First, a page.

Thinking of a fall getaway?
There are many flavors. If some of your favorite plans include a cozy Adirondack lodge by a lovely lake, consider the Long View. The Long View Lodge, that is. The Lodge dates back to the late 1800s, when a farmhouse was turned into a "tourist home" called the Emerson Homestead. As visitor hospitality became more elaborate, the property was improved with extra guest rooms and a dining area.
Part of the Roaring Twenties
This place has an easy to find slogan: "Drink, eat, sleep." As seen on the Lodge itself.
Sounds like a plan.
The Lodge as seen today is a new structure, since the original burned to the ground in 1929. The replacement building went up by the fall of that year. The third generation of the Emerson family added the bar and were known far and wide as humorous hosts who told great stories. In 1971 they passed it on to a daughter and her husband, who modernized the bathrooms and completed many other projects. In 1994 the fifth generation of this family continued the upgrades, including fully winterizing it for year round use.
The present owners purchased the property in 2017 and have brought every aspect of it up to date, inside and out.
On my recent tour, I really enjoyed the vintage photographs which line the hallways. They are all part of the refurbishing that retained important elements or the original structure, like a fine porch with a view of the lake.
Expansive common areas and a beautiful property allow guests to move inside and outside as weather permits, and there are plenty of great vistas.
The bar has some beautiful copper mugs stacked at one end. "Moscow Mules?" I asked the bartender. His smile told me all about their popularity. "We know how to do them right," he assured me. "Fresh lime and a really good ginger beer."
In addition to the beers on tap, their several house wines distinguish themselves by being on tap too. This means they are always at maximum freshness.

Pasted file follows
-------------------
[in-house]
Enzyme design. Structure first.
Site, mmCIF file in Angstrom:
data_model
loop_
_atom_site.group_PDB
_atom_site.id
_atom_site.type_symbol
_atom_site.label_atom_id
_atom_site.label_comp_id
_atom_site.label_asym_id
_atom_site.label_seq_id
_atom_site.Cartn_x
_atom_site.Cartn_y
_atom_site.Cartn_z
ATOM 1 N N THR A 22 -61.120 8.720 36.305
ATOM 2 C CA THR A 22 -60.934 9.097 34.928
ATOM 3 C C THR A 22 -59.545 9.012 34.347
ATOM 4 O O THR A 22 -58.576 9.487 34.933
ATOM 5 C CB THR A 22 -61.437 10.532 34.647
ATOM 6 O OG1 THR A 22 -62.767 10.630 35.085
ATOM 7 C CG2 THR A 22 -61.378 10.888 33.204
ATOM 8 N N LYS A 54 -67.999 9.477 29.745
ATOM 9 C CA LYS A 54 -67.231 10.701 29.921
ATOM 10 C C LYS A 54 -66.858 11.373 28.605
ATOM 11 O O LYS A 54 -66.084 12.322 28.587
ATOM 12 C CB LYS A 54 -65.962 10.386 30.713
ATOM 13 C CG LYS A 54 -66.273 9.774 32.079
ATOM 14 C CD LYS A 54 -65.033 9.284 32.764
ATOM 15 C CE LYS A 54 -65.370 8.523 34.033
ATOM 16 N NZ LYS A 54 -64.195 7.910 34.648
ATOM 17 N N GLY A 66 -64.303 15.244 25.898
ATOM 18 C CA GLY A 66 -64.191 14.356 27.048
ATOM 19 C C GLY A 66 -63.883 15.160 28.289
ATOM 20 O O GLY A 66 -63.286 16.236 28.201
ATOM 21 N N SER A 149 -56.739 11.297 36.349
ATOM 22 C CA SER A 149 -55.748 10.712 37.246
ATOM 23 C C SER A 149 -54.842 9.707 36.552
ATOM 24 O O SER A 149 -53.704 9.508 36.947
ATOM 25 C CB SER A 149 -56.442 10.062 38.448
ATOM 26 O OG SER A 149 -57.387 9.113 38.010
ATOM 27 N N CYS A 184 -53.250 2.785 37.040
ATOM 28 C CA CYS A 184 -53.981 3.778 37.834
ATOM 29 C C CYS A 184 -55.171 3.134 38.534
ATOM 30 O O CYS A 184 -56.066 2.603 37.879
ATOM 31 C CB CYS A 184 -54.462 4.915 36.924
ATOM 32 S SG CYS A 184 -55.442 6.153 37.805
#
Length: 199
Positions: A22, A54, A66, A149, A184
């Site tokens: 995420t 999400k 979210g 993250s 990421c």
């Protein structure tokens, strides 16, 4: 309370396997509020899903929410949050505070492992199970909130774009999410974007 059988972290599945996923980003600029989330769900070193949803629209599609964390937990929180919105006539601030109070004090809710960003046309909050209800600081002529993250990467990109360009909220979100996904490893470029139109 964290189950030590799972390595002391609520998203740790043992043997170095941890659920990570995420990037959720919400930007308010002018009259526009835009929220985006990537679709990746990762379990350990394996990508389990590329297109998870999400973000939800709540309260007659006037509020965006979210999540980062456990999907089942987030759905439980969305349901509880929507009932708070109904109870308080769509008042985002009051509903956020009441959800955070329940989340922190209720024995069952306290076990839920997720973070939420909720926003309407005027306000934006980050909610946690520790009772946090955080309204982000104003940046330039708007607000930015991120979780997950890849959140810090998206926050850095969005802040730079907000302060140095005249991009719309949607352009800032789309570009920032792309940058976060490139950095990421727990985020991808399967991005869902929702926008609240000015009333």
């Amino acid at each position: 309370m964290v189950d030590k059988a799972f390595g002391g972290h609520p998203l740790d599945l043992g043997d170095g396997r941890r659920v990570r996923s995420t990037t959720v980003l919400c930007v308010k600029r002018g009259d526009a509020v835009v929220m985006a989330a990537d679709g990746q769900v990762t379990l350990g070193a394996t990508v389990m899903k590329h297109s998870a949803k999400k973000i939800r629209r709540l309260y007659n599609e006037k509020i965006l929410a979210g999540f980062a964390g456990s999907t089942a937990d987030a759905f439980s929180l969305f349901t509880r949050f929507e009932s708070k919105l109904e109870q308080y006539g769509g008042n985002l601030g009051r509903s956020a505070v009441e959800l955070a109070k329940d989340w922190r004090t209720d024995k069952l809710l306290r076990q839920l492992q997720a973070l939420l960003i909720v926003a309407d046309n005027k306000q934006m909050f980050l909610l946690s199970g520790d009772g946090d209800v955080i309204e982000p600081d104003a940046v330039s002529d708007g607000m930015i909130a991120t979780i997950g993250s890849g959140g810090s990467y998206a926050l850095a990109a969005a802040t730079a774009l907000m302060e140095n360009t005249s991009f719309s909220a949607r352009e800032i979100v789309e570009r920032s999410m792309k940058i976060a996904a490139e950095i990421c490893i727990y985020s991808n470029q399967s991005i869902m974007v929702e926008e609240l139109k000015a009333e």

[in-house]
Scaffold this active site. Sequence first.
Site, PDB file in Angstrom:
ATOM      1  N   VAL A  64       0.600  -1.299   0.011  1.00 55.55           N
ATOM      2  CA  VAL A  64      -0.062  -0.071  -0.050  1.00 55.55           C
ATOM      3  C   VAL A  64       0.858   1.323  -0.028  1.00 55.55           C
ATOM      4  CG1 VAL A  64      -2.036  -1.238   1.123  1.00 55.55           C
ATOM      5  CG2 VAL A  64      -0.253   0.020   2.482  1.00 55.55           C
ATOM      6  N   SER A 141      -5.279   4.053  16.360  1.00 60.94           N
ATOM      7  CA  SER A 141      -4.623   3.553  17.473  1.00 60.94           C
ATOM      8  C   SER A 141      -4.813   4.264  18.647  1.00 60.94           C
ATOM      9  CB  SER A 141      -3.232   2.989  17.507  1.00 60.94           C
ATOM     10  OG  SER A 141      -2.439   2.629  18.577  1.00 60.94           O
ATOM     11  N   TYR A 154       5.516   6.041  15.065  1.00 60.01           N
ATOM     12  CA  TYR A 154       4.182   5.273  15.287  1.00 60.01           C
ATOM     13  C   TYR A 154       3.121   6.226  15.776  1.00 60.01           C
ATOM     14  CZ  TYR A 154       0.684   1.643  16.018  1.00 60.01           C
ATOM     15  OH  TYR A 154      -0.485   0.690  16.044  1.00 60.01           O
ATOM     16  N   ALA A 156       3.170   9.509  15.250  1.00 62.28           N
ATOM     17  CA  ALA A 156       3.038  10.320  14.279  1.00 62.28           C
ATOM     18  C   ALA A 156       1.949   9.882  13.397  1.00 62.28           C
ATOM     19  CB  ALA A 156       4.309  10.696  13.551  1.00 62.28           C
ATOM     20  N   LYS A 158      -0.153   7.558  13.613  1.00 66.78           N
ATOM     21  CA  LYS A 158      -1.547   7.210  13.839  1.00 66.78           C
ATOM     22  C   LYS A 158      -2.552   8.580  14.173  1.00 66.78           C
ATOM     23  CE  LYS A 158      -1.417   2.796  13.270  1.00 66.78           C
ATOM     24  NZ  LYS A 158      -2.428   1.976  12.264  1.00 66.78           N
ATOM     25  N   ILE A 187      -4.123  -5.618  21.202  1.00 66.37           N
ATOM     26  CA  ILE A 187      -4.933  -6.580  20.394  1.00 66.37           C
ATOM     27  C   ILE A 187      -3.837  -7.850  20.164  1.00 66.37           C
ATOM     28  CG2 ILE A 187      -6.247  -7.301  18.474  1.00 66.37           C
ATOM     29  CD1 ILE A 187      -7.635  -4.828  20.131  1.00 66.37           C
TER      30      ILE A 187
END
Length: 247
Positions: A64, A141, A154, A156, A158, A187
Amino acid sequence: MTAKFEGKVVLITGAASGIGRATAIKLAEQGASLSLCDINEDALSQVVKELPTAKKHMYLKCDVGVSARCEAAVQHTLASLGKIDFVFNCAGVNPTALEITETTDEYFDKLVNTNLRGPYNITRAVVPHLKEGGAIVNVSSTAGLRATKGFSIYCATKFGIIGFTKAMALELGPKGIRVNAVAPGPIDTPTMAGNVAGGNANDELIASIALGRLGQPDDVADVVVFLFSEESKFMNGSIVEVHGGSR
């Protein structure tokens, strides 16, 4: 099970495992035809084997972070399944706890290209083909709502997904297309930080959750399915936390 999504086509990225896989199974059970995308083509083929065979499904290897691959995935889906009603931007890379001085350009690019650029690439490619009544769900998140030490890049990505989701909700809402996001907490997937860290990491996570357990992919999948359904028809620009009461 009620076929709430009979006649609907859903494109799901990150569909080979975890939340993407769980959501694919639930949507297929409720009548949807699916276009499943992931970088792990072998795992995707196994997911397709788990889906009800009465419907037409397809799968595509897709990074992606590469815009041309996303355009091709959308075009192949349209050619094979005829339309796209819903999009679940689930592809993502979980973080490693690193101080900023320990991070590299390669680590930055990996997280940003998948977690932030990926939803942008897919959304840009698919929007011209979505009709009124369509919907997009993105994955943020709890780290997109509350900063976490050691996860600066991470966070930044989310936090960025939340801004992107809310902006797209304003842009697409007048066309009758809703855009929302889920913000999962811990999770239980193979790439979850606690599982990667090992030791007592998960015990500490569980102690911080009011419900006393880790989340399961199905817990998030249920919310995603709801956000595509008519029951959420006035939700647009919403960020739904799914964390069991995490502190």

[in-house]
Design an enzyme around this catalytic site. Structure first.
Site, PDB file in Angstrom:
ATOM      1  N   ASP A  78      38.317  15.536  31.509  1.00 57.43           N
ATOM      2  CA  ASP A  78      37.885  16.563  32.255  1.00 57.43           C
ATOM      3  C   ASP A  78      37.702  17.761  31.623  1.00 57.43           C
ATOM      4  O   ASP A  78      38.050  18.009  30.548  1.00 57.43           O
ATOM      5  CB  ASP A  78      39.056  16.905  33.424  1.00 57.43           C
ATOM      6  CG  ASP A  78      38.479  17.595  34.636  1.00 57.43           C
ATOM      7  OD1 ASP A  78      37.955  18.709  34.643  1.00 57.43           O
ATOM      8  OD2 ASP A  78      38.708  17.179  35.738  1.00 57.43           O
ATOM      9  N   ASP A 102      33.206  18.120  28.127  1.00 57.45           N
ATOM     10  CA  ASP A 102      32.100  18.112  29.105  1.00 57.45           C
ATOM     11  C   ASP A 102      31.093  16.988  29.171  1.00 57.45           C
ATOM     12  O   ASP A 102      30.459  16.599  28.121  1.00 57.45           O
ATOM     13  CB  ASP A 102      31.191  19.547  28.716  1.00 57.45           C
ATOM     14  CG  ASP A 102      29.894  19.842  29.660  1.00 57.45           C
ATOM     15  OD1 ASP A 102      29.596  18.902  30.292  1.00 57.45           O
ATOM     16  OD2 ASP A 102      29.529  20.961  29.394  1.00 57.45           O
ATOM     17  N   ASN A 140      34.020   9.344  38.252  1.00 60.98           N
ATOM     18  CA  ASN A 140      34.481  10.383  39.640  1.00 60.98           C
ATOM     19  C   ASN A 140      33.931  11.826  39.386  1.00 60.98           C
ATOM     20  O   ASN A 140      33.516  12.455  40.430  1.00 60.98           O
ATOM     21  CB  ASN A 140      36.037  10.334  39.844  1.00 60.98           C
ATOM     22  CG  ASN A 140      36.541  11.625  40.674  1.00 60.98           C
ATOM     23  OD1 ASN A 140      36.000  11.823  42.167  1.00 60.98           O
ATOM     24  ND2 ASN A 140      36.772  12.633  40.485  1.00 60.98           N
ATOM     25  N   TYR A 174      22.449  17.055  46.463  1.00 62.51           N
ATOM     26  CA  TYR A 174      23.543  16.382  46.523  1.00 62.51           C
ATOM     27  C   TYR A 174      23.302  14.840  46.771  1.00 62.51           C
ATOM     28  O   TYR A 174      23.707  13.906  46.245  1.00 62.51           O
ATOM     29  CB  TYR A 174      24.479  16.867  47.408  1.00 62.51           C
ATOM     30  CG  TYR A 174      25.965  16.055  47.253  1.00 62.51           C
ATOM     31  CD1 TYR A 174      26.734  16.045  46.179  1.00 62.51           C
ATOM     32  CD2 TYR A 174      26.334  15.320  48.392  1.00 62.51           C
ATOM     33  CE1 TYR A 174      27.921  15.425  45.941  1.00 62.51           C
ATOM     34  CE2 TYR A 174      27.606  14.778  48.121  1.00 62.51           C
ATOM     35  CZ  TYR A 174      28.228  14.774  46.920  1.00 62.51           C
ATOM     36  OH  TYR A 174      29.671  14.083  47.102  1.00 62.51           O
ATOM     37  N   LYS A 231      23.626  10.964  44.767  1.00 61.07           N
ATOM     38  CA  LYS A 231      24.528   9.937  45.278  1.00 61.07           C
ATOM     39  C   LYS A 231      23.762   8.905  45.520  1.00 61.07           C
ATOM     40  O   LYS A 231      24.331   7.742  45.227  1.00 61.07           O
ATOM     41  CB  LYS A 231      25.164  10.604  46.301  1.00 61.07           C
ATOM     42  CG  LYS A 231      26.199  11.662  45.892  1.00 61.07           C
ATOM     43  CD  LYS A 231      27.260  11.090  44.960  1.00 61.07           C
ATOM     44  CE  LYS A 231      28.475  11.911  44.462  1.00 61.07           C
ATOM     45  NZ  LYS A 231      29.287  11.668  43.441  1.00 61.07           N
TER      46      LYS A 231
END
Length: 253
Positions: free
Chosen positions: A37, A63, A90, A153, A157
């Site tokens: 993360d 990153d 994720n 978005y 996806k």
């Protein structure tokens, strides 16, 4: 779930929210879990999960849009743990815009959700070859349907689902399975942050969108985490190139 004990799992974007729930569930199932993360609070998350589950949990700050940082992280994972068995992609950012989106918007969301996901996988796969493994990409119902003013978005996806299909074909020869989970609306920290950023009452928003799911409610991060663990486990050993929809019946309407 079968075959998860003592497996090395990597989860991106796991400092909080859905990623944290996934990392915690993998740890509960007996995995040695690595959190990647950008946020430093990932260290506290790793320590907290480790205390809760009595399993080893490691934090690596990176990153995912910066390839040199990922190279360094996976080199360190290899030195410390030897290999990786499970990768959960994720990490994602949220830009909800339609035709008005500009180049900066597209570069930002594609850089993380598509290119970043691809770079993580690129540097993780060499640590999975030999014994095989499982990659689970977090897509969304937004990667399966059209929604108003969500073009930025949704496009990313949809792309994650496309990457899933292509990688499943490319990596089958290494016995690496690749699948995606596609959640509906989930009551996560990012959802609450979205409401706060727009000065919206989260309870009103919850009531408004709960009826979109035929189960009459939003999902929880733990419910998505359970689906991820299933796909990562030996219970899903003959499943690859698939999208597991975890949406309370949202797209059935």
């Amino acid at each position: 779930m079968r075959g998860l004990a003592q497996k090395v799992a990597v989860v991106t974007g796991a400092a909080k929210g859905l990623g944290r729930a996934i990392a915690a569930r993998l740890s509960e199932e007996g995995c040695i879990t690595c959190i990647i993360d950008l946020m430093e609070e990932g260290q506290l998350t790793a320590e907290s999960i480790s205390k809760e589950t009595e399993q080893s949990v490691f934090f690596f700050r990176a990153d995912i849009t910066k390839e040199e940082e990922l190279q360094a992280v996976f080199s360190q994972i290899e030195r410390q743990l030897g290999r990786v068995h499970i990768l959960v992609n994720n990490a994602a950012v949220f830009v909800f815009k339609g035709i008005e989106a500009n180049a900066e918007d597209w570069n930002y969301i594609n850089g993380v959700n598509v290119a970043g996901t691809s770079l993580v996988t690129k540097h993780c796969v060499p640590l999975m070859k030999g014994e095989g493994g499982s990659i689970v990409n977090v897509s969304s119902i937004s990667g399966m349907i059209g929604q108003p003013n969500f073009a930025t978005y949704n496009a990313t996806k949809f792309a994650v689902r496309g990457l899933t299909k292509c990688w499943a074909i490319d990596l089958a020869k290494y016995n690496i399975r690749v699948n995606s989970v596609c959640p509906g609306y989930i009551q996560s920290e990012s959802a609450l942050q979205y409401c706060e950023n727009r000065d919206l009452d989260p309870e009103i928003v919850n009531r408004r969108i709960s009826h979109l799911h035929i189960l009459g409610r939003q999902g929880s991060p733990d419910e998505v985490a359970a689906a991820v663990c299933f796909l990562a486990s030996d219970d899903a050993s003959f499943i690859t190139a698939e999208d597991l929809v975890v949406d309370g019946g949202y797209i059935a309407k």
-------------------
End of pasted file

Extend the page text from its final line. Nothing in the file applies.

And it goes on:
If I wanted a little more privacy, the Great Room, wraparound porch, and a dining deck lets me choose to match my mood.
The charming dining room has giant windows to let in the views. All the wood gave the light a golden glow. The menu offers hot and cold starters, wood oven flatbreads, and grilled entrees. The side dishes have a twist of originality, like the macaroni and cheese with bacon and herbs with real New York cheddar in the sauce.
Had I been with my husband, we'd have definitely gotten the grilled rib-eye for two, which is dry aged in-house. Instead, I chose the fries, which were seasoned with herbs and coarse salt and homemade spicy ketchup. It made this common dish something really special.
There's certainly more enjoyment here than anyone can cover in just one meal. I must bring someone here and try more of the treats which caught my eye.
My decorating tastes lean toward simple rooms with big windows. The sample rooms Nate showed me were just right. Lots of wood, light walls, and classic shapes that complemented, not competed, with the glorious views.
This is a room which invites me to stay up late and sleep in as long as I want. I love that feeling of the world waiting for me.
Still, Nate had several suggestions for enjoying the local vistas, from scenic drives — "just go in any direction" — to easy hikes — "Coney Mountain is nearby, easy to climb, and has a great view." This is his favorite way to view the scenery? "The float plane operates deep into the fall season. That's what I recommend if you really want to get the most leaves."
I have seen a lot of New England-style autumns. The Adirondacks are still the most spectacular.
We have all the essential tree species for a full spectrum of color, against a background of acres and acres of forest. The foliage covers the canvas of mountainsides and is reflected in deep, glacier-dug, lakes.
I can even imagine spending a delightful weekend without leaving very often. After all, when the company is special, the best activity might be none at all. Which is another fine Adirondack tradition I endorse.
This week in ADK news: